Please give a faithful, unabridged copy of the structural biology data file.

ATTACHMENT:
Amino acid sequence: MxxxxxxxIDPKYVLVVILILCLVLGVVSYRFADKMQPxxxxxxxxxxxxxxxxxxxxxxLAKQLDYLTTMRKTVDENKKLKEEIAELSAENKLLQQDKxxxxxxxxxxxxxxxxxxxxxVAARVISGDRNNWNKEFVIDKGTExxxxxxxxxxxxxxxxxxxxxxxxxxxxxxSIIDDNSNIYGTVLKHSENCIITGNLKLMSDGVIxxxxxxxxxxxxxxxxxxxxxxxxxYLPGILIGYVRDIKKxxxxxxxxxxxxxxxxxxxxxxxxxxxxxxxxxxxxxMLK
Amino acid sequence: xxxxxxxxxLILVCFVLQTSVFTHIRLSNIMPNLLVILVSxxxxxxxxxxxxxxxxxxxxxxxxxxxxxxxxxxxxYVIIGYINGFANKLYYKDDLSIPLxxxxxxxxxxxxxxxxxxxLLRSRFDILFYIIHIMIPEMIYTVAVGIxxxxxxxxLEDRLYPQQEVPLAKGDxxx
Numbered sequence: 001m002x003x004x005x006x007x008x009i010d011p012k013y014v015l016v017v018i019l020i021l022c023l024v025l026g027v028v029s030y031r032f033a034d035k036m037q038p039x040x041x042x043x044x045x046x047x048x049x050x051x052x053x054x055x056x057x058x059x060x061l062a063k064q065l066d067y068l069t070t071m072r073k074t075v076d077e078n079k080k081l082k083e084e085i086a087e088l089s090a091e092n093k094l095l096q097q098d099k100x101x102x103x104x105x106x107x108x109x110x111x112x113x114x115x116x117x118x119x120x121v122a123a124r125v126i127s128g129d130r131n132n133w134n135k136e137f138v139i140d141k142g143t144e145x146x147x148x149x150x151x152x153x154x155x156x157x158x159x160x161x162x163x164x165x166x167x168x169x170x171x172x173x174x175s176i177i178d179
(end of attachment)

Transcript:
Amino acid sequence: MxxxxxxxIDPKYVLVVILILCLVLGVVSYRFADKMQPxxxxxxxxxxxxxxxxxxxxxxLAKQLDYLTTMRKTVDENKKLKEEIAELSAENKLLQQDKxxxxxxxxxxxxxxxxxxxxxVAARVISGDRNNWNKEFVIDKGTExxxxxxxxxxxxxxxxxxxxxxxxxxxxxxSIIDDNSNIYGTVLKHSENCIITGNLKLMSDGVIxxxxxxxxxxxxxxxxxxxxxxxxxYLPGILIGYVRDIKKxxxxxxxxxxxxxxxxxxxxxxxxxxxxxxxxxxxxxMLK
Amino acid sequence: xxxxxxxxxLILVCFVLQTSVFTHIRLSNIMPNLLVILVSxxxxxxxxxxxxxxxxxxxxxxxxxxxxxxxxxxxxYVIIGYINGFANKLYYKDDLSIPLxxxxxxxxxxxxxxxxxxxLLRSRFDILFYIIHIMIPEMIYTVAVGIxxxxxxxxLEDRLYPQQEVPLAKGDxxx
Numbered sequence: 001m002x003x004x005x006x007x008x009i010d011p012k013y014v015l016v017v018i019l020i021l022c023l024v025l026g027v028v029s030y031r032f033a034d035k036m037q038p039x040x041x042x043x044x045x046x047x048x049x050x051x052x053x054x055x056x057x058x059x060x061l062a063k064q065l066d067y068l069t070t071m072r073k074t075v076d077e078n079k080k081l082k083e084e085i086a087e088l089s090a091e092n093k094l095l096q097q098d099k100x101x102x103x104x105x106x107x108x109x110x111x112x113x114x115x116x117x118x119x120x121v122a123a124r125v126i127s128g129d130r131n132n133w134n135k136e137f138v139i140d141k142g143t144e145x146x147x148x149x150x151x152x153x154x155x156x157x158x159x160x161x162x163x164x165x166x167x168x169x170x171x172x173x174x175s176i177i178d179